Most of us assume when making our will that the terms we write down will be carried out in accordance with our wishes and that our assets will be distributed to those people we name.
This, however, is not up always the case. Under the Wills and Succession Act, [SBC 2009] Chapter 13, ( WESA), your spouse or children may legally challenge the terms of your will in court if they feel that the terms of your will did not make adequate provision for their proper maintenance and support. If the court agrees with them that you will did not provide for their proper maintenance or support, the court may vary the terms of your will to reflect what it thinks is adequate, just and equitable in the circumstances for your spouse or children. This may include providing a share of your estate to your spouse or children despite you expressly giving them less or nothing in your estate.
WESA also applies to common-law spouses, which is defined as people living together in a marriage-like relationship for a period of at least two years. If you and your wife had separated at the time of your death, your spouse would not be able to challenge your will under WESA, however they may be able to make a claim under the Family Law Act [SBC 2011] Chapter 25 for a division of the family assets and for support, despite the terms of your will. WESA also says that adopted children may challenge the terms of a will but not step children.
In order to try to avoid your spouse or children successfully challenging the terms of your will, you should consult with a lawyer prior to drafting it. If on the other hand you do not feel your spouse or parent has adequately provided for you in their will, you should consult with a lawyer to obtain an opinion as to whether or not you would be successful in challenging it. There are strict time limitations for commencing an action to vary the terms of a will, so you should obtain legal advice as soon as possible if you intend to make a claim to vary the terms of the will.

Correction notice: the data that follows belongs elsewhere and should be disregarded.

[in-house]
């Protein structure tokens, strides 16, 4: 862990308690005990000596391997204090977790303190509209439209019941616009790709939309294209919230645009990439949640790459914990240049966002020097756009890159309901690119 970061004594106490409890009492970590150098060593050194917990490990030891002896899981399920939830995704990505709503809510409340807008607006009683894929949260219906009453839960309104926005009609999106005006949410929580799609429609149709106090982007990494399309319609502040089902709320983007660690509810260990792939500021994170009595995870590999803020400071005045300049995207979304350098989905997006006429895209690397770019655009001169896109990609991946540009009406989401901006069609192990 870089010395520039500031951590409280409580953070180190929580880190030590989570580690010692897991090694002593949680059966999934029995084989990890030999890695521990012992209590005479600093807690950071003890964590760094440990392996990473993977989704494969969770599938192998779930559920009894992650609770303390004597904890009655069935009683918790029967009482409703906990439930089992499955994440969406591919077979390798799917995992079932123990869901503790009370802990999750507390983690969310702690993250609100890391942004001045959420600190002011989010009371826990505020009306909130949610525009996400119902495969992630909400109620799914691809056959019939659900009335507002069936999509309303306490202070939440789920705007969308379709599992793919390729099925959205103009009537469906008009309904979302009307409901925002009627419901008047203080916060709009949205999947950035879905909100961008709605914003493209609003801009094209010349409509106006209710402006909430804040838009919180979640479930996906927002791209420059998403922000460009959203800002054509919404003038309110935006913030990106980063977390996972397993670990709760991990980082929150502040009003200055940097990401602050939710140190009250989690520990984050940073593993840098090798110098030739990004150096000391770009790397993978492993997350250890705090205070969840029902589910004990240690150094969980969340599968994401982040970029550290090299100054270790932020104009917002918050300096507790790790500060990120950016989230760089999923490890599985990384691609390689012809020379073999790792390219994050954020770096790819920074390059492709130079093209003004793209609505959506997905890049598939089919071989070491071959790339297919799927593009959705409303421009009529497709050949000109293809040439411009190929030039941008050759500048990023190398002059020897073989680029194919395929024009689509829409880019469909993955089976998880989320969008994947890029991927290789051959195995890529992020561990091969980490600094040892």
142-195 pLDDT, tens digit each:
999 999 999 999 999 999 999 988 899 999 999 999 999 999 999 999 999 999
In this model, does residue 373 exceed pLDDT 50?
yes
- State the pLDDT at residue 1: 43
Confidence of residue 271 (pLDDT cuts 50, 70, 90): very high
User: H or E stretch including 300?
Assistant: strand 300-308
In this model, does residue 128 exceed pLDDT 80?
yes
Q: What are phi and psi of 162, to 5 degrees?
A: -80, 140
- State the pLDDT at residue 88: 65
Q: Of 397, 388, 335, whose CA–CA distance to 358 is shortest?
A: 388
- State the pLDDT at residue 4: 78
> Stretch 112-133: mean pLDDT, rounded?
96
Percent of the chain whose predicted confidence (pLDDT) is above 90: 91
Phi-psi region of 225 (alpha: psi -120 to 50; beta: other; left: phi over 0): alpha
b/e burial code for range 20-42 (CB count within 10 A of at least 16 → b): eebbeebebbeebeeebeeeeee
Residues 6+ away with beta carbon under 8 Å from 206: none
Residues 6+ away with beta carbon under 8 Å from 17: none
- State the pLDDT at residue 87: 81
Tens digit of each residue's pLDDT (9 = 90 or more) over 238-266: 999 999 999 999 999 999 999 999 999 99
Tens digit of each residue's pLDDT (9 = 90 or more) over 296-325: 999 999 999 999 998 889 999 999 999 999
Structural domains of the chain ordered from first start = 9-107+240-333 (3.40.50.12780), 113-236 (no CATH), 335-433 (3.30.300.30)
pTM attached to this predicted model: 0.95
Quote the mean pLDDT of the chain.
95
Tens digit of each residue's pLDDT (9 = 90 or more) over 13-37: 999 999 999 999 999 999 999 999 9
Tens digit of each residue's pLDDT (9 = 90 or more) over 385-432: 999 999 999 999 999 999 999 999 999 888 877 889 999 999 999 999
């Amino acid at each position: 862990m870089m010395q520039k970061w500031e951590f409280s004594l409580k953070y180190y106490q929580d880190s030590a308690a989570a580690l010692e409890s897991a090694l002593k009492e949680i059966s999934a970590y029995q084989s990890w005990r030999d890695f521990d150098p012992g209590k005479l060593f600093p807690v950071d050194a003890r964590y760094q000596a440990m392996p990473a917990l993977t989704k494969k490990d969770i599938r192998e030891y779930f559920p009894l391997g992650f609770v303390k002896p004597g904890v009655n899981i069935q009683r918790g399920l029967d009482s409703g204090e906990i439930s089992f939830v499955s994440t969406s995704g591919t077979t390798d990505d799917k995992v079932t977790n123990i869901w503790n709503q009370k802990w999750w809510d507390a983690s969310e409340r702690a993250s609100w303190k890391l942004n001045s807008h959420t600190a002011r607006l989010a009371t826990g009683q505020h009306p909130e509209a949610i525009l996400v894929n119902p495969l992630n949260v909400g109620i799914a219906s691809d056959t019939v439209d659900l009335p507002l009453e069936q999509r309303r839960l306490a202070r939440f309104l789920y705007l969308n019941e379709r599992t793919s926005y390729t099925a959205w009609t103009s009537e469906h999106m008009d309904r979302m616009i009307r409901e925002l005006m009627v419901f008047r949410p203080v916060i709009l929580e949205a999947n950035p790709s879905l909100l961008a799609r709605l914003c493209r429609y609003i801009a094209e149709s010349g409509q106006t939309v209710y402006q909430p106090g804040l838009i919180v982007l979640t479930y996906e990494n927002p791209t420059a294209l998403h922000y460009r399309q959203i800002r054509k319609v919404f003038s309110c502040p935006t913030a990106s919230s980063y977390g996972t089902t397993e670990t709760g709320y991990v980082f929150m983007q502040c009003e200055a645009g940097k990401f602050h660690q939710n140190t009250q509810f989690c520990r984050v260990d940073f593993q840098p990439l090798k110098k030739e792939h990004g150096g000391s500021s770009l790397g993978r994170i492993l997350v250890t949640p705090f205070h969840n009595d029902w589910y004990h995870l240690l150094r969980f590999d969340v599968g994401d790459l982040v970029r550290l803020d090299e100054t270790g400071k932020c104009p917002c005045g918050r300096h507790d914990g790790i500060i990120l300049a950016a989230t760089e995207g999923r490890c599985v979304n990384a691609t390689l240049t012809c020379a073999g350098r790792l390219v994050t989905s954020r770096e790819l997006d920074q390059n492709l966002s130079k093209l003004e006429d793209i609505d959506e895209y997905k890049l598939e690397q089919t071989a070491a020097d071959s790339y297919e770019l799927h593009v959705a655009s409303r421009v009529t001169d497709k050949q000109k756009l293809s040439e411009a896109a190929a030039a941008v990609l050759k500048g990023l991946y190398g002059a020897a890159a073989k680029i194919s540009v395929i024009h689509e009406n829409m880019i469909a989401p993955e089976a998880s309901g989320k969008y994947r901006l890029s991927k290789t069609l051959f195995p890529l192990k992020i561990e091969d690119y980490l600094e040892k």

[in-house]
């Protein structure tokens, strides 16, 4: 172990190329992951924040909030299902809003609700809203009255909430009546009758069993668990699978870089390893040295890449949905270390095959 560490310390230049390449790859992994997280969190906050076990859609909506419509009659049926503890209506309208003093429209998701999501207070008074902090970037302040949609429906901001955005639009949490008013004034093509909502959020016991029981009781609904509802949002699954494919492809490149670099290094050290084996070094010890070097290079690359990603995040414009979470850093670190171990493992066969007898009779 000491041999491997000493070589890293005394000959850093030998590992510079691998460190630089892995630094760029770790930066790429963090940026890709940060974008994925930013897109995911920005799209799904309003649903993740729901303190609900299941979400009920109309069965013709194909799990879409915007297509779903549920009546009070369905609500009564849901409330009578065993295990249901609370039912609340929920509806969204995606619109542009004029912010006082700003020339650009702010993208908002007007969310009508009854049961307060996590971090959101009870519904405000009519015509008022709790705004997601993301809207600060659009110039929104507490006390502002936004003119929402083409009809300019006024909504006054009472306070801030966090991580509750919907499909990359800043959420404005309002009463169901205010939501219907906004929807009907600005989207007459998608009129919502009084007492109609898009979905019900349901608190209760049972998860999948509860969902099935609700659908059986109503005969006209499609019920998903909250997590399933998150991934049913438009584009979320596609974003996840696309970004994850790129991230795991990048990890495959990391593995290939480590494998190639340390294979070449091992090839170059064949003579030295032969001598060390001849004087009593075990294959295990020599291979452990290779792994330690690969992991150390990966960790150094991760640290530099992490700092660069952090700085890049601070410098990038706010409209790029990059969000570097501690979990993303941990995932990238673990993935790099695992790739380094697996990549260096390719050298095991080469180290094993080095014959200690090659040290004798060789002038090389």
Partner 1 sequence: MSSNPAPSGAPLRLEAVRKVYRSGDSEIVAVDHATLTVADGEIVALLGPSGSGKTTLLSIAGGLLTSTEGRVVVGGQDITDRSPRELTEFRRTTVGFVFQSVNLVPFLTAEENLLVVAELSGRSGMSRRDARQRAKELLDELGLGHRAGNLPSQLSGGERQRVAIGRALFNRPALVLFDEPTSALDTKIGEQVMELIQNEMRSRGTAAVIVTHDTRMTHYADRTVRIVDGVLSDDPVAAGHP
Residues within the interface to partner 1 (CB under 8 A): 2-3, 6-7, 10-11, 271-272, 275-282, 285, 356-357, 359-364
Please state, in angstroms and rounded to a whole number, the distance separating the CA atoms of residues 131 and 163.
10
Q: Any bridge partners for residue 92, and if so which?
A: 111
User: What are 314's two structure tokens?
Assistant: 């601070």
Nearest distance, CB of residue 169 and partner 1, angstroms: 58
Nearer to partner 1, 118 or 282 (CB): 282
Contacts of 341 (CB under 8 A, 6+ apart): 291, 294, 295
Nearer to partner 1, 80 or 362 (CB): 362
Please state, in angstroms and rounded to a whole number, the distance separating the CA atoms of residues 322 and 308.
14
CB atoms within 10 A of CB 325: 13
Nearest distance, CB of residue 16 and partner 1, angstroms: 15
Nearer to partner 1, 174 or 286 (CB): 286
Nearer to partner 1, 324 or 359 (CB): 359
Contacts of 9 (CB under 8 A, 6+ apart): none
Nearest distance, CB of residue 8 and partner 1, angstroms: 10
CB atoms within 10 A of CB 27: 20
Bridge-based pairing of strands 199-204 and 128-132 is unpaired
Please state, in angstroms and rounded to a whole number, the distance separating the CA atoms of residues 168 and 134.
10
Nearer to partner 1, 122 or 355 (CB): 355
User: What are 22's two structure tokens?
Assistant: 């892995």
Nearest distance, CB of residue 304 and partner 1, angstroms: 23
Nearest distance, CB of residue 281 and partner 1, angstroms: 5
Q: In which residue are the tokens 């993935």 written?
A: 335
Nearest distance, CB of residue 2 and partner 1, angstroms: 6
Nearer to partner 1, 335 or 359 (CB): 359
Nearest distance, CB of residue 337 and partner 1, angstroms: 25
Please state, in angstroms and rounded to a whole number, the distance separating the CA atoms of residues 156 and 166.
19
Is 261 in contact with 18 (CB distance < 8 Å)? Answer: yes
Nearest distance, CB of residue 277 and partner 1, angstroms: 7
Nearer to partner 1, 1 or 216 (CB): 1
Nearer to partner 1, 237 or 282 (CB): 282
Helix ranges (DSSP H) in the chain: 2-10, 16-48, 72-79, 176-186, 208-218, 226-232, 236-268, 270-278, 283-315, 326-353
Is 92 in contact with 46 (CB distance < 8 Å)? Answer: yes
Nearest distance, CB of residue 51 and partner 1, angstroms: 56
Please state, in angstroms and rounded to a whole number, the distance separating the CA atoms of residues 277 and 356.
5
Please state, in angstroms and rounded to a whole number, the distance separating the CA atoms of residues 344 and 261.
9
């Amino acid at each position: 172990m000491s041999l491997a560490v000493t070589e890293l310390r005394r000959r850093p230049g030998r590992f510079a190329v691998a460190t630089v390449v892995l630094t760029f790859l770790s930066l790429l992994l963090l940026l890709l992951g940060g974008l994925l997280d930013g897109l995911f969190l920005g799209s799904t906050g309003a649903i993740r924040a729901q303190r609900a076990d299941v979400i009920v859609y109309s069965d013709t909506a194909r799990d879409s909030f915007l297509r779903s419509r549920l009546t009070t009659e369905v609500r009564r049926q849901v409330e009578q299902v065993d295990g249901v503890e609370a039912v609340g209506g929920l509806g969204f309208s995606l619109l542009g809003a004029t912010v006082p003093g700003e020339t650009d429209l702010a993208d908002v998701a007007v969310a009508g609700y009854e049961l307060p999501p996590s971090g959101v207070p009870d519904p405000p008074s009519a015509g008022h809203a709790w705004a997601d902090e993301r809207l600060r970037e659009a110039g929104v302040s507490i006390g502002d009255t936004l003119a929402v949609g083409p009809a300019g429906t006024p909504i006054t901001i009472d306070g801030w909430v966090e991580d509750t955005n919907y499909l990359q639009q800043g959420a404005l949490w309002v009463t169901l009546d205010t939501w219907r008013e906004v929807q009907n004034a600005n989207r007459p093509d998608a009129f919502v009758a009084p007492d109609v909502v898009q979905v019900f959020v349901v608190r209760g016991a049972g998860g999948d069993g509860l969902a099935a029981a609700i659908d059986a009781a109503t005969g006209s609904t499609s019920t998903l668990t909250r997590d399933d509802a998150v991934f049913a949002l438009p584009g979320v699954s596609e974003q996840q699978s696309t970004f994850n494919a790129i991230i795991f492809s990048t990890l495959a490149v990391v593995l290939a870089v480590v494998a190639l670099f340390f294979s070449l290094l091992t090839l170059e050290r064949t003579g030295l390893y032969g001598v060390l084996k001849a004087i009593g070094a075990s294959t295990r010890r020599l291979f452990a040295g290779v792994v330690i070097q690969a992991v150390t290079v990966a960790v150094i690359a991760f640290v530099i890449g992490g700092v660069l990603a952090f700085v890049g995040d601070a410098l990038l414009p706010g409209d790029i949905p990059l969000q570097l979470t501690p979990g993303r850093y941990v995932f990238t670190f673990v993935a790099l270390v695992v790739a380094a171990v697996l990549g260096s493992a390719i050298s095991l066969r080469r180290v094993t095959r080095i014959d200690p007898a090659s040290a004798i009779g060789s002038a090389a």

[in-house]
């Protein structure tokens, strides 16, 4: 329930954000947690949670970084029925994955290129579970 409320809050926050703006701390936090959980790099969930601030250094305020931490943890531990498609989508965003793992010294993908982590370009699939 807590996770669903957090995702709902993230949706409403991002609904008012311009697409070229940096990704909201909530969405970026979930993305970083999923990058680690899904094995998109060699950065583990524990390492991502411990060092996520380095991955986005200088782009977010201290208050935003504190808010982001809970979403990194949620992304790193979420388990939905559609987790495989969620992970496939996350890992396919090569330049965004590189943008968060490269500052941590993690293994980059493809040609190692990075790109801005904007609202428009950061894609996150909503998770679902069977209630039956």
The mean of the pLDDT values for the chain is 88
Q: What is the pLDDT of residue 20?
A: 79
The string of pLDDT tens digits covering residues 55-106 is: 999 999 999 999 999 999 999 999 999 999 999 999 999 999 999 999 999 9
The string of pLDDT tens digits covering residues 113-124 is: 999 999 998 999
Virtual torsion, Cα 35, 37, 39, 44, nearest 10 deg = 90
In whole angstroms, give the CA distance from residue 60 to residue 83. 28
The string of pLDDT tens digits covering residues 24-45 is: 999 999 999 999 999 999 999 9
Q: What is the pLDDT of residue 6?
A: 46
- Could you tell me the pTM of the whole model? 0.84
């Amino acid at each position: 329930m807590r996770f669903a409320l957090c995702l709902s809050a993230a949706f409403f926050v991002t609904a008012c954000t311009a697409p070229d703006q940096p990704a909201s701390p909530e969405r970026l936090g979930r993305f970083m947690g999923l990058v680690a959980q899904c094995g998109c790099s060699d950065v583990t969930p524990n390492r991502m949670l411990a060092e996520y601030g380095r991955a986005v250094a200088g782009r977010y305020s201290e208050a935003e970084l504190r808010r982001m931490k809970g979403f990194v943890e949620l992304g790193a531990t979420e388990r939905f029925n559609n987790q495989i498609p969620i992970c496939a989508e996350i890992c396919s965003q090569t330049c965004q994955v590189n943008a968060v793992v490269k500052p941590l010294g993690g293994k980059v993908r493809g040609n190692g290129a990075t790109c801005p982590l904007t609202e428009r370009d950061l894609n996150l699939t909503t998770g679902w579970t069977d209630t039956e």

There are other methods to challenge the terms of a will, such as a claim that the maker of the will did not have the legal mental capacity to make a will at the time they signed their will or that the terms of their will do not express their actual wishes because of undue influence or coercion by another party. Again, they are strict time limitation periods should you wish to set aside the will because of the lack of legal mental capacity or undue influence or coercion, so you should consult with a lawyer to obtain an legal opinion as soon as possible on these issues.
Call Drysdale Law at 604-LAWYERS if you have questions about your will or your rights as a beneficiary.